In response to this very interesting question from a visitor to my compressed air information website: www.about-air-compressors.com, I offer this response.
Compressors in general use a pressure switch to control the ON & the OFF of the motor on an air compressor. It will have a cut in pressure setting, which is the point where the air pressure in the tank has fallen to a specified level, and the switch trips to turn on power to the compressor motor.
The pressure switch will also have a cut out pressure level, normally around 30-60 PSI higher than the cut in level, and at which point the pressure switch trips again to turn off the power to the motor, stopping the air compressor.
When you say you want an air compressor that “KICKS ON OR CYCLES AT 120 PSI MIN”, this is impossible to find.
The figure of 120 PSI / min is pretty meaningless. Let me tell you why?
PSI is a measure of air pressure. So many pounds per square inch. At 120 PSI, there is a force of 120 lbs. pushing down on every square inch of surface area that the compressed air can get to.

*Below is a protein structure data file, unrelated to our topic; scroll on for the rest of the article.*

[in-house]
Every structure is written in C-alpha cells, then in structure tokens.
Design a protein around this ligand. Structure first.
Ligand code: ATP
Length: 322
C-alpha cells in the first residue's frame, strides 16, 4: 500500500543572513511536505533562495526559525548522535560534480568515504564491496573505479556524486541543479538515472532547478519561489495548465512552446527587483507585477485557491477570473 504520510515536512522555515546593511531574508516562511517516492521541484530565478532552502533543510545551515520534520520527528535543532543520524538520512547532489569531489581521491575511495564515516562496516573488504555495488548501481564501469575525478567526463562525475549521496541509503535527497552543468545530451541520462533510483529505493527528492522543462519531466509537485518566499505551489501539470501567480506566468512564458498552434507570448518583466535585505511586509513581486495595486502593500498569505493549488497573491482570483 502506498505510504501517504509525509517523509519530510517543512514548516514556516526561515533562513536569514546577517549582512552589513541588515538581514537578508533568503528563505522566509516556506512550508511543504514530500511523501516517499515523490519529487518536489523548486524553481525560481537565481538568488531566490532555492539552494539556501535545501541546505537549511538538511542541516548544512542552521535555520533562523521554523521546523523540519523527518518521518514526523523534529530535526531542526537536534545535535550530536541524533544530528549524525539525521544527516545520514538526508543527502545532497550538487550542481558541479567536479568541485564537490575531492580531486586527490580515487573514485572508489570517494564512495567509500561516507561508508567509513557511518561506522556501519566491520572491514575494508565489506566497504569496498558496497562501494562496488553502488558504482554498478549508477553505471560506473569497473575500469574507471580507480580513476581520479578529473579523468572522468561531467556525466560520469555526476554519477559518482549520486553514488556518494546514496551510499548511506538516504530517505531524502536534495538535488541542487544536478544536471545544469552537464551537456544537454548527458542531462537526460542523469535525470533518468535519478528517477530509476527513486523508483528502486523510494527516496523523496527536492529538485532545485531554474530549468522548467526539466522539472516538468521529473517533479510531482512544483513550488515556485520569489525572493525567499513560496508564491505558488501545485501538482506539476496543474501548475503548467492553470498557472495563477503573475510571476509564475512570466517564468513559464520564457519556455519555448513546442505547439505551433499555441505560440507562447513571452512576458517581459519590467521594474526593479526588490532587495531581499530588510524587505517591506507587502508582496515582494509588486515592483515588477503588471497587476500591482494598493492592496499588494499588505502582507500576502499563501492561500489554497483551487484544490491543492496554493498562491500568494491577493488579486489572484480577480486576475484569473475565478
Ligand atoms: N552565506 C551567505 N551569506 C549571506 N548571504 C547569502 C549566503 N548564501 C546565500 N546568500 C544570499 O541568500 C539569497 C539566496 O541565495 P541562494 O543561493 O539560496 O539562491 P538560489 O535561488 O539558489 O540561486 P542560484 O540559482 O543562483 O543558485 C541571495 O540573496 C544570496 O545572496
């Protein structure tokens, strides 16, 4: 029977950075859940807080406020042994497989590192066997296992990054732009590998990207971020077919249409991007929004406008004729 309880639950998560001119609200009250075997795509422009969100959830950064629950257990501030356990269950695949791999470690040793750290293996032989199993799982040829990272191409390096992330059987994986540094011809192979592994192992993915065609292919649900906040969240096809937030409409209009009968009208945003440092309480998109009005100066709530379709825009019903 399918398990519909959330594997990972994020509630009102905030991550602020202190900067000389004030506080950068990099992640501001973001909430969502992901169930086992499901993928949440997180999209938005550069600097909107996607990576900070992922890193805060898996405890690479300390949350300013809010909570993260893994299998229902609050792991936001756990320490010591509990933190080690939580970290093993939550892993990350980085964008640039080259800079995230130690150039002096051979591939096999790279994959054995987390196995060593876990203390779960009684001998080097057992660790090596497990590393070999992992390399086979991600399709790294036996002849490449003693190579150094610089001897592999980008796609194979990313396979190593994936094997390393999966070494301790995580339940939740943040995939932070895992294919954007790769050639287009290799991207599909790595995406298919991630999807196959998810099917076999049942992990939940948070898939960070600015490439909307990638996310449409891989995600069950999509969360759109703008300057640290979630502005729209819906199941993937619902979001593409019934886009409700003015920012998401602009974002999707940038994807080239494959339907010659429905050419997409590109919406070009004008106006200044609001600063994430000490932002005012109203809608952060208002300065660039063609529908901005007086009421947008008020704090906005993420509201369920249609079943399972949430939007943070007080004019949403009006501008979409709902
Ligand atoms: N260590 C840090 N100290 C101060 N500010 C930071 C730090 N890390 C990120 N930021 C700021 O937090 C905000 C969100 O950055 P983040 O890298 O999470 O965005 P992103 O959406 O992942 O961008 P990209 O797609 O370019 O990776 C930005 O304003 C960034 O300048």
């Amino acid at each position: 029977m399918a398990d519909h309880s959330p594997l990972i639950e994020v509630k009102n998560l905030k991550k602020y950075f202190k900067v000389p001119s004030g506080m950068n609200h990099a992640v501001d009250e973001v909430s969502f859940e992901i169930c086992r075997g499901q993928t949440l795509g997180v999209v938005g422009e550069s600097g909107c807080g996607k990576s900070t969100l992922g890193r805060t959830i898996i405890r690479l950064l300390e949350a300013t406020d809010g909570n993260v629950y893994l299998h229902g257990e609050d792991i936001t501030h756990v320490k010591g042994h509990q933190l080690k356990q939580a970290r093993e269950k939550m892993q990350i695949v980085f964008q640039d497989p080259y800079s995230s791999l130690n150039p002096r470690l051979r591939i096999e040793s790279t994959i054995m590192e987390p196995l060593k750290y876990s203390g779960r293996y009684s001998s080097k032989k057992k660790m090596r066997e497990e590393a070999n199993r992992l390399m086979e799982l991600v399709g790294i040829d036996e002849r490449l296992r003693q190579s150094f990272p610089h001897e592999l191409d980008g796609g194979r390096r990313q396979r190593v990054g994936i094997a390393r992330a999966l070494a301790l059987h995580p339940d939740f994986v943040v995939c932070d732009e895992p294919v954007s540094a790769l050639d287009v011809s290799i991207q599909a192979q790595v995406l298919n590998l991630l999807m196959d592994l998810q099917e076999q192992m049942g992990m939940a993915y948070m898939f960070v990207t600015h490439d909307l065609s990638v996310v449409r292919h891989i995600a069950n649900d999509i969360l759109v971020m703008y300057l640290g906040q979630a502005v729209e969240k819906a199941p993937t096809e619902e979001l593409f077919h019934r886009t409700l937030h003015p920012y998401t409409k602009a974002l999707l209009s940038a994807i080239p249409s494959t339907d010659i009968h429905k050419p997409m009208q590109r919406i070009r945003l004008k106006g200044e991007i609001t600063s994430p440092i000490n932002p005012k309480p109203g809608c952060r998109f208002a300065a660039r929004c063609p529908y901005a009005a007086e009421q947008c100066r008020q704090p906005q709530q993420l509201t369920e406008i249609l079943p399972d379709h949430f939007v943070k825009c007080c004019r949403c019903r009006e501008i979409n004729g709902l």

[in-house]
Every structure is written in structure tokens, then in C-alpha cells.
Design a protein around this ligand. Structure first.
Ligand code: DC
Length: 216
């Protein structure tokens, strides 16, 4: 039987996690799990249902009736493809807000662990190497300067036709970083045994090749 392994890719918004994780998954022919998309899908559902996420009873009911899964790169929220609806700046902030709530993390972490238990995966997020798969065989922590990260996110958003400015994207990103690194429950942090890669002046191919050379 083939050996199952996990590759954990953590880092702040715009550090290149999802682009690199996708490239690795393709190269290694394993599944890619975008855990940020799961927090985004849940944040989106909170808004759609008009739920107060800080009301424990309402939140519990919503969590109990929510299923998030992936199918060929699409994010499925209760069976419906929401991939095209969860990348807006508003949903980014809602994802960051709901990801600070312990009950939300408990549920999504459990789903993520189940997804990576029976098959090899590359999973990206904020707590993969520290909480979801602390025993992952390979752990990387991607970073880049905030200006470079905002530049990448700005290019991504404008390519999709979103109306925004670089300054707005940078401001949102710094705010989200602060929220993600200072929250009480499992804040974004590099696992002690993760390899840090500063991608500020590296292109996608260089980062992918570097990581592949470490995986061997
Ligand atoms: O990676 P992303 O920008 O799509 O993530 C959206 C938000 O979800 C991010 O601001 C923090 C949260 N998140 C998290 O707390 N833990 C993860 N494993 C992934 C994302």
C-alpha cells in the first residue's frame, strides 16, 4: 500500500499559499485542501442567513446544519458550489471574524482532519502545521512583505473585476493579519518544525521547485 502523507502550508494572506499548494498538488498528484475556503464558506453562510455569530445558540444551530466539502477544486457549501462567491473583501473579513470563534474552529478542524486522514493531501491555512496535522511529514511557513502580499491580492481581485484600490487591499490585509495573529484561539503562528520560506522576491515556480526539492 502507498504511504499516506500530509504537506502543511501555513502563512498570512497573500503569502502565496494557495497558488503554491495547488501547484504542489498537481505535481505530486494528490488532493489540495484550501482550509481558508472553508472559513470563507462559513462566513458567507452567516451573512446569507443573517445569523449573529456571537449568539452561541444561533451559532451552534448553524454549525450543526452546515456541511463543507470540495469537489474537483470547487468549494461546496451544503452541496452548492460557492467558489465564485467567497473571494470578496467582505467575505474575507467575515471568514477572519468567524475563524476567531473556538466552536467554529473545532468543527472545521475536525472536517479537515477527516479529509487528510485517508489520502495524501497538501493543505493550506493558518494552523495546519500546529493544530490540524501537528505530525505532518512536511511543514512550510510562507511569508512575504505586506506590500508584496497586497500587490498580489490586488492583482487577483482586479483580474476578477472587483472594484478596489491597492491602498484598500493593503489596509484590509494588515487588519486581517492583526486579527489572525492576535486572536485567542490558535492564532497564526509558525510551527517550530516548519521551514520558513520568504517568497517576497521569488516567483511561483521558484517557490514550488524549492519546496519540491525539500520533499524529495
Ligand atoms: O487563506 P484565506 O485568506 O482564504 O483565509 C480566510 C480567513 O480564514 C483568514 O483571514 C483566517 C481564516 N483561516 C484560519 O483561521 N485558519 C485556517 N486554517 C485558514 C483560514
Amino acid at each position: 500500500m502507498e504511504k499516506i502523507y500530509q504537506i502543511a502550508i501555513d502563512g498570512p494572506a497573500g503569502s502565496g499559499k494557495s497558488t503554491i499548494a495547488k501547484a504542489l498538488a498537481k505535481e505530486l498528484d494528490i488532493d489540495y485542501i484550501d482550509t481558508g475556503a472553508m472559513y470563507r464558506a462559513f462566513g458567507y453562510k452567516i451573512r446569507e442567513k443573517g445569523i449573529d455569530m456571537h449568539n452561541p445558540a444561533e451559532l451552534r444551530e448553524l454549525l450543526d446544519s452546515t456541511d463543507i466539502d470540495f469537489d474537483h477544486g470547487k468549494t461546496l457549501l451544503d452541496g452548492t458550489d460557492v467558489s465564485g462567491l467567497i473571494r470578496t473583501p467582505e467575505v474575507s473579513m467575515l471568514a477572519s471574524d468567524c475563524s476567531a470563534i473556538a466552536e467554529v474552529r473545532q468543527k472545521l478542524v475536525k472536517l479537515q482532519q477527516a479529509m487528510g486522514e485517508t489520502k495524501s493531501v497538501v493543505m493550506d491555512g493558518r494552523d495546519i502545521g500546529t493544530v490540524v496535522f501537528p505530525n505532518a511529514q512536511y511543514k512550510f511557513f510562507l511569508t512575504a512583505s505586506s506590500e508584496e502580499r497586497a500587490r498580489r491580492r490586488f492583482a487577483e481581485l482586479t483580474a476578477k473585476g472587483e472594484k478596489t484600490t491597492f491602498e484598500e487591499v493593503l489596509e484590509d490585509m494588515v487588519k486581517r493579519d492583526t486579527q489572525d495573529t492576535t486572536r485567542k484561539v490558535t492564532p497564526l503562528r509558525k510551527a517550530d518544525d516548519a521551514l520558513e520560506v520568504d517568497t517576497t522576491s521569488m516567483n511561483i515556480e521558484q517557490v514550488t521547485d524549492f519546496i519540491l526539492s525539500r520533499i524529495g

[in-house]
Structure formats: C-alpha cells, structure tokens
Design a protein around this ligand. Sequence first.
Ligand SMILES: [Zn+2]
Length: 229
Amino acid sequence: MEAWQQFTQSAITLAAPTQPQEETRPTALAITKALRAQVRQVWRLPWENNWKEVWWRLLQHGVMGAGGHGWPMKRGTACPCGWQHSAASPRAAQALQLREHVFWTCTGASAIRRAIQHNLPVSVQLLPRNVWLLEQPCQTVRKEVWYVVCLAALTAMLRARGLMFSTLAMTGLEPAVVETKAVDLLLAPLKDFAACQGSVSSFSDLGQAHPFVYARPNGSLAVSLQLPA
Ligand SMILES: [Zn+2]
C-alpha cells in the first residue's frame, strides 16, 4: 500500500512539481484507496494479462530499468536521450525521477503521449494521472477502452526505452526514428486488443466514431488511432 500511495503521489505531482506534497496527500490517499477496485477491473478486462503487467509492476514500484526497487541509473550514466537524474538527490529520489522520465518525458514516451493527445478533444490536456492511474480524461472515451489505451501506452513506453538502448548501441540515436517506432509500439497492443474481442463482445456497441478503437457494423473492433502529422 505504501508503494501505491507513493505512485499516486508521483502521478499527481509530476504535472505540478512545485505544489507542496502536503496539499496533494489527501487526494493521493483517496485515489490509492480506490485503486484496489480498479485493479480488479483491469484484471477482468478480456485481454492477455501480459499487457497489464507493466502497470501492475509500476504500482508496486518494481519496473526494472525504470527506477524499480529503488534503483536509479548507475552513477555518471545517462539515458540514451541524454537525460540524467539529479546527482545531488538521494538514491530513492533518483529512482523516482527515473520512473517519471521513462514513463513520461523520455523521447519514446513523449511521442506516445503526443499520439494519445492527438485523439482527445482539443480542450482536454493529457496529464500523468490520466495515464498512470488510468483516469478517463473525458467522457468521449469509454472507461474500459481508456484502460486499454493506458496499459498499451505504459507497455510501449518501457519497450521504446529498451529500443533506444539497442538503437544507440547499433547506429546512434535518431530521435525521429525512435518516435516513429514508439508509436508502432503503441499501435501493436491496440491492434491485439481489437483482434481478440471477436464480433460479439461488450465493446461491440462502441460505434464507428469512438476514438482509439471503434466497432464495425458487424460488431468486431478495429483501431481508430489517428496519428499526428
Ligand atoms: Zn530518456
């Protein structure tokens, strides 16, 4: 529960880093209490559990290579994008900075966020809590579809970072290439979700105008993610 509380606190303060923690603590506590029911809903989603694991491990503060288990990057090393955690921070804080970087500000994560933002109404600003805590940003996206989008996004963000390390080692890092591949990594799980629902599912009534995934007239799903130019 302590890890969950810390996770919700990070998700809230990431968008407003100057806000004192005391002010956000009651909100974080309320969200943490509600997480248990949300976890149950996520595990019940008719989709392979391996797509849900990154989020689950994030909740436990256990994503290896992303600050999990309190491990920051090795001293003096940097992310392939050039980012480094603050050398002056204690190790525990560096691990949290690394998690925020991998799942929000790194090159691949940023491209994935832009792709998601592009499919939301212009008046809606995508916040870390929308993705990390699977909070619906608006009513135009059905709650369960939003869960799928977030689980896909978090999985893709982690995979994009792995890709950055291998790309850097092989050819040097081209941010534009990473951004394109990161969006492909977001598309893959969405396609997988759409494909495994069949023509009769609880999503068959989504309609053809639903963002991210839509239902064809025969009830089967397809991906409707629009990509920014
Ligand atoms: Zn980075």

The reference to “Min” suggests a period of time; one minute to be exact. But, pressure does not relate to time. In compressed air lingo, Flow relates to time. Pressure relates to force on a specific area.
The two don’t mix, so, I can’t do PSI/MIN.
What I think you want is a compressor that has a cut in pressure at xxx pressure (say 100 PSI?) and a cut out pressure level of, say, 150 PSI? That means that as long as the compressor can keep up with the flow demand of the air-using tool, the pressure flowing to that tool will range from 100 PSI to 150 PSI all the time.
Then, you have to find out at what flow (in CFM) that your air tool needs that pressure at.
Then, and only then, can you make a wise choice about what air compressor you need to purchase for your application?
And sorry, I don’t sell air compressors or air components from my website. Only information. My advertisers will be happy to hear from you though, I’m sure.